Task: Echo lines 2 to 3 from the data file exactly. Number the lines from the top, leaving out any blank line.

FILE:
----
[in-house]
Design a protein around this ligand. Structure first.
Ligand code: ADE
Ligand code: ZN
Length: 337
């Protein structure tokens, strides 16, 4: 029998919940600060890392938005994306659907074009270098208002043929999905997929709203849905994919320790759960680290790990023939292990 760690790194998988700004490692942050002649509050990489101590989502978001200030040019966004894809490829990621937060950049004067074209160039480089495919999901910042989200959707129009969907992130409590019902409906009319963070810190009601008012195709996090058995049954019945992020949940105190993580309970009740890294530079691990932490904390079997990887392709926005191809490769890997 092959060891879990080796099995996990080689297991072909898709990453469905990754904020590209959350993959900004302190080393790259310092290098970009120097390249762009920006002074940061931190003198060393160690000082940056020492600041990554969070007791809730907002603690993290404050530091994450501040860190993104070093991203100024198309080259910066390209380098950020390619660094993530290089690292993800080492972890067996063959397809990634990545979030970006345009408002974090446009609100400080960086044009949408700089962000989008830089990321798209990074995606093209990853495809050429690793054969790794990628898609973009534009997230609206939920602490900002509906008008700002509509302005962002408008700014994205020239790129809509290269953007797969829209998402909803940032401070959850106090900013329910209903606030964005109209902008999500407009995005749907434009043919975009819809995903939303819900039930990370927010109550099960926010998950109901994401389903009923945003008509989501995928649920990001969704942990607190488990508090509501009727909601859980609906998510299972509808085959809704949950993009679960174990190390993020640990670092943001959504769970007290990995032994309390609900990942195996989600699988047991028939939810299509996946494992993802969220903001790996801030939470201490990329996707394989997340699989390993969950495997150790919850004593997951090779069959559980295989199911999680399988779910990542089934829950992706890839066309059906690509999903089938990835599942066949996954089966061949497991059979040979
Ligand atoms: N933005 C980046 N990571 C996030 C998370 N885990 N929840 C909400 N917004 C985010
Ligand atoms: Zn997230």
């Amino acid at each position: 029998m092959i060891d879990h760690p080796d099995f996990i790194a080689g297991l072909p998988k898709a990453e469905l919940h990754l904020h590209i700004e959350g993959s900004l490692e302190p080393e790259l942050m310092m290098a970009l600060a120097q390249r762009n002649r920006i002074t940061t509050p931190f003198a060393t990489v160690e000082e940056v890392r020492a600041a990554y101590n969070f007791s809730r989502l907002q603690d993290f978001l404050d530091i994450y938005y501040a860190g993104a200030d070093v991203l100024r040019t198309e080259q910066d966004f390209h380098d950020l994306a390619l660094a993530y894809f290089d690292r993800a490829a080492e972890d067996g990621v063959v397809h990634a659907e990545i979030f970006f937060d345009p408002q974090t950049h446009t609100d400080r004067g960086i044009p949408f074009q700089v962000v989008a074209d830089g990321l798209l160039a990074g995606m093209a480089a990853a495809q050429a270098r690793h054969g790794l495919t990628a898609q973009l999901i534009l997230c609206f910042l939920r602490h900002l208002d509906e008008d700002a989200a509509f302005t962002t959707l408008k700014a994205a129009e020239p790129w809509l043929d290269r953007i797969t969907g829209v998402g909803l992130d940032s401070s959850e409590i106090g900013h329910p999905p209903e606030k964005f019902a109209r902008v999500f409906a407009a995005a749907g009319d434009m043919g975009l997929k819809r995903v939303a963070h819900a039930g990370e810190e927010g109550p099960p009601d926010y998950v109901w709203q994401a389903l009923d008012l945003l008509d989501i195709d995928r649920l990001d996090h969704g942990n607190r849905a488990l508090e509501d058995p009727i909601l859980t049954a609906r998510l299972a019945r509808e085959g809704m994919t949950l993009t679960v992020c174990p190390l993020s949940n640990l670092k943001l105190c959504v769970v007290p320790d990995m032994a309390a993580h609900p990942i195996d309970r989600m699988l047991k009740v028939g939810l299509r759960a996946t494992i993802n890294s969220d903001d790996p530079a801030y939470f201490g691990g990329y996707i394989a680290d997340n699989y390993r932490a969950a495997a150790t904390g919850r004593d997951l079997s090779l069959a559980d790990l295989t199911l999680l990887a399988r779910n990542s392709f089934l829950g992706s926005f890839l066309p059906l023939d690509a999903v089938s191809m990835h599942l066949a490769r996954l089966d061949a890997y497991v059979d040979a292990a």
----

Design a protein around this ligand. Structure first.
Ligand code: ADE